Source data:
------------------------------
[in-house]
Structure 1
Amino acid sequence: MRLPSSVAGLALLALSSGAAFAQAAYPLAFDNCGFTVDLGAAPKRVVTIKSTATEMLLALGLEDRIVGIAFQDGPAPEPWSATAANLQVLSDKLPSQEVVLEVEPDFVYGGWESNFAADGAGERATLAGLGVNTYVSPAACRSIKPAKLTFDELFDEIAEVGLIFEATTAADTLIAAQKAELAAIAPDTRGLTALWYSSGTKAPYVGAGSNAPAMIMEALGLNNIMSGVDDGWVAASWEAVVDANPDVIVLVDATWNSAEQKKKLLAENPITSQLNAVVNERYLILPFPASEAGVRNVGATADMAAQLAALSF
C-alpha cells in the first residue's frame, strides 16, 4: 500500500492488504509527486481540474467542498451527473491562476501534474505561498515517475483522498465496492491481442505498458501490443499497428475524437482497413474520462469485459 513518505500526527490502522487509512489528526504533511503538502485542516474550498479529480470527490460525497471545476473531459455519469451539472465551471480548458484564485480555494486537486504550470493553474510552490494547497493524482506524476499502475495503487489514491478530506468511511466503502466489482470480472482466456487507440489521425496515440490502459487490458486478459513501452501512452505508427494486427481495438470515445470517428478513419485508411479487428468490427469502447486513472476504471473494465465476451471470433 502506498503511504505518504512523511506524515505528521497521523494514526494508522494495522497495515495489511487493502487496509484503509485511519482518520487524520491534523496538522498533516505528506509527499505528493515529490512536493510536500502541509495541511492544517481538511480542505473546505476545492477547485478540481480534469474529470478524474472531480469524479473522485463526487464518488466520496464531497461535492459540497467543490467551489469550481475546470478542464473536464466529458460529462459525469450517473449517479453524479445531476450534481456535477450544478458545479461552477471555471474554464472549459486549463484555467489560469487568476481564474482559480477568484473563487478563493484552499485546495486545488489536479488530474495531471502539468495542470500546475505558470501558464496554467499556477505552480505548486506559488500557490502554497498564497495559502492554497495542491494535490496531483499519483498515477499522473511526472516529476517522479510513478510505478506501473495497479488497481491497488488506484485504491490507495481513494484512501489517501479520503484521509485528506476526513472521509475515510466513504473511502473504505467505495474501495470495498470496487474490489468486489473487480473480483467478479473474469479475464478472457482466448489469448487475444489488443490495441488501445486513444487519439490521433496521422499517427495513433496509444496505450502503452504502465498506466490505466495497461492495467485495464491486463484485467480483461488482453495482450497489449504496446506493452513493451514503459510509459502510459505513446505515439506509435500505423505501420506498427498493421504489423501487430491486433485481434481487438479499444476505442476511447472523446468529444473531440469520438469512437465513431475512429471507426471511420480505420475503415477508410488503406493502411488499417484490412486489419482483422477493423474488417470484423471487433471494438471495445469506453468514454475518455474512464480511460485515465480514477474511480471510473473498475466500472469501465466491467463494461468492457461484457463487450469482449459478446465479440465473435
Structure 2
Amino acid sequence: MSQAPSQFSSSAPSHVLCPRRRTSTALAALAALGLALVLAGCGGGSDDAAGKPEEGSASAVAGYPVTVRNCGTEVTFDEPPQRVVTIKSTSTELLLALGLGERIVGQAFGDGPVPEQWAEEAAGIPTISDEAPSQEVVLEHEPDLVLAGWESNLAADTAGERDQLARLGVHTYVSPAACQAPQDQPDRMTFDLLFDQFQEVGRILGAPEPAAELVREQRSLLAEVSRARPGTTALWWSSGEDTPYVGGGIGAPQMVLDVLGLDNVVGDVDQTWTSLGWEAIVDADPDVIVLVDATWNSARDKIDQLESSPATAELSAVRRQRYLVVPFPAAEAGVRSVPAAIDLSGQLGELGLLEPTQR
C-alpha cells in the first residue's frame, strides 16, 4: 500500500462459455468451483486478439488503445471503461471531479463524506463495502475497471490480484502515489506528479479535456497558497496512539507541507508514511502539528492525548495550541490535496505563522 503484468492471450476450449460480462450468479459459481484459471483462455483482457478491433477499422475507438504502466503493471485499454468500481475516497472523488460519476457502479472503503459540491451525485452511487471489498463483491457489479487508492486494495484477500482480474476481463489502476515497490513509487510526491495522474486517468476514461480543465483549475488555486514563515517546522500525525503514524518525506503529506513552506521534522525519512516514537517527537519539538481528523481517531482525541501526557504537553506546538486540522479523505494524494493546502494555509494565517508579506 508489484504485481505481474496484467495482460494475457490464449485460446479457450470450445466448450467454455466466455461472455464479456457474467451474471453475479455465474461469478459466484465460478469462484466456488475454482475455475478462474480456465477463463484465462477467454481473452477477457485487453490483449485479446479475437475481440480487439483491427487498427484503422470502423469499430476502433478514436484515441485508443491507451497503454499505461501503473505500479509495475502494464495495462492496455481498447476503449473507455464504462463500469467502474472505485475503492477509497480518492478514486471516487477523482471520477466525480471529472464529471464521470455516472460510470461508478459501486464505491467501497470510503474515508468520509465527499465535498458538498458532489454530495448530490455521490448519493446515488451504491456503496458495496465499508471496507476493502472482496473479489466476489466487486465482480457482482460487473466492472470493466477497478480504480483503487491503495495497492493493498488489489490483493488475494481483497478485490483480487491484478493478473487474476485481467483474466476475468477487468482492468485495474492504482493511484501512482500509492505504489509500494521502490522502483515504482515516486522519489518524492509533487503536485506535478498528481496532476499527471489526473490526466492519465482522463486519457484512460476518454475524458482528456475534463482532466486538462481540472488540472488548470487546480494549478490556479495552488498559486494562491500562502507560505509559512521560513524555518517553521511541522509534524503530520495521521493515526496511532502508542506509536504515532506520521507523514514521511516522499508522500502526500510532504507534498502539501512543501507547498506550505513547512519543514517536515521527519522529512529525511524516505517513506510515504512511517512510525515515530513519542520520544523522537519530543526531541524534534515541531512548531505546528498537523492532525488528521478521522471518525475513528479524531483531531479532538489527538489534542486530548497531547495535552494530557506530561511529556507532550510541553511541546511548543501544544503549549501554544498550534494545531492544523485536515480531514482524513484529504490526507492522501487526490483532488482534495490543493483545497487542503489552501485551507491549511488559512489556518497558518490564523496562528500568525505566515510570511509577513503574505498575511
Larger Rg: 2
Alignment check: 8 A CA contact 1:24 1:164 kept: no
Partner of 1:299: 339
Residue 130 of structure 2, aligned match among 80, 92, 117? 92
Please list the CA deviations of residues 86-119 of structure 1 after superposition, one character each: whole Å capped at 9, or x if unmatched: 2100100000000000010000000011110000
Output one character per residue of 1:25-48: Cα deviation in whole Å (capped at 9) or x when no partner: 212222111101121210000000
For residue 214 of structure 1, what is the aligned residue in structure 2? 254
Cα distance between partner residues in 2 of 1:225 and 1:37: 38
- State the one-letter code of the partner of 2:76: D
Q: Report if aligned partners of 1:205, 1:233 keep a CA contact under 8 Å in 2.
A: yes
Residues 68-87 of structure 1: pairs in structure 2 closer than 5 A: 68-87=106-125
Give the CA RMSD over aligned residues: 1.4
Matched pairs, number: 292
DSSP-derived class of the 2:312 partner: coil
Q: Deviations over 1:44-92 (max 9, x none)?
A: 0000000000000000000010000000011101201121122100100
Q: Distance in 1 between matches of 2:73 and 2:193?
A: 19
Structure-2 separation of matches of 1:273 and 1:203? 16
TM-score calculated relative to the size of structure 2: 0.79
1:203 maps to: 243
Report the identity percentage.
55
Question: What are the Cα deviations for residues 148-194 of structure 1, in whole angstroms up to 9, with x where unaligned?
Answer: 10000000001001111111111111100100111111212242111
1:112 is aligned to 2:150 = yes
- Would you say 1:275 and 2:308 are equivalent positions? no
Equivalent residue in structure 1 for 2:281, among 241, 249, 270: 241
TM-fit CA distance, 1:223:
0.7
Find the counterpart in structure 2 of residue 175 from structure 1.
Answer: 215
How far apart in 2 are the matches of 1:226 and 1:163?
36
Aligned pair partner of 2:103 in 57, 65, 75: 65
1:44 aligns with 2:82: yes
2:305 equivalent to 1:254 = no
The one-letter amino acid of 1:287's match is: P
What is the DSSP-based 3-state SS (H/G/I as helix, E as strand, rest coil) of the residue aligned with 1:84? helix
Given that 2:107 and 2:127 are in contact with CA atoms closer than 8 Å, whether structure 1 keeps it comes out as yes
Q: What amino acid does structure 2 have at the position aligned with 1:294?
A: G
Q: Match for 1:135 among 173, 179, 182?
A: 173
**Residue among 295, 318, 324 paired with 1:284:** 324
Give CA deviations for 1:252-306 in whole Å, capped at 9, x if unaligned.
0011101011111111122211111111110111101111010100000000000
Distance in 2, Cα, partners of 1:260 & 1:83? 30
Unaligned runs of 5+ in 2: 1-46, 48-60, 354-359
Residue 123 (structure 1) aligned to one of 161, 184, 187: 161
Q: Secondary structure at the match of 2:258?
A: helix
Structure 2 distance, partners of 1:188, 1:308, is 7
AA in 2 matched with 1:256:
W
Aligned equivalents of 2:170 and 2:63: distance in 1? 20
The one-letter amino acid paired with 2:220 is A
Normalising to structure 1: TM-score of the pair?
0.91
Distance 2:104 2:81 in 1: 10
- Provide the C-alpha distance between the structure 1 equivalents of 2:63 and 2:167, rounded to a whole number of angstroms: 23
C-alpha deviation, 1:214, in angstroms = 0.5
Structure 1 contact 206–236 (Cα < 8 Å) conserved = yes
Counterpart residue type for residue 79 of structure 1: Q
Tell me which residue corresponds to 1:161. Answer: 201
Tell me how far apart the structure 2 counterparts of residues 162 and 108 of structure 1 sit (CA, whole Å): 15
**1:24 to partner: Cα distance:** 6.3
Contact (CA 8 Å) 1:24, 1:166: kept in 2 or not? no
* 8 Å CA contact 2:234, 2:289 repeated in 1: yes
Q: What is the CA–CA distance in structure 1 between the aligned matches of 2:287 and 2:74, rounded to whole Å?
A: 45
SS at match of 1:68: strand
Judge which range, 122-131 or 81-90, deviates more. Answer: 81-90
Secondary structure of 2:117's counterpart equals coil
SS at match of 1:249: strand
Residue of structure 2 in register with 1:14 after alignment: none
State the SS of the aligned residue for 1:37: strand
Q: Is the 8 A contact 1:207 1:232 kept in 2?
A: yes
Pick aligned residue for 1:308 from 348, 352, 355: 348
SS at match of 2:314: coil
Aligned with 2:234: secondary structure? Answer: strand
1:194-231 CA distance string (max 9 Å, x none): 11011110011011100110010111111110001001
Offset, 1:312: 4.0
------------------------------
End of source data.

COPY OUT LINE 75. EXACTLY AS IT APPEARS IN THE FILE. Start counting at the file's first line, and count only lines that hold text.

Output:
**1:24 to partner: Cα distance:** 6.3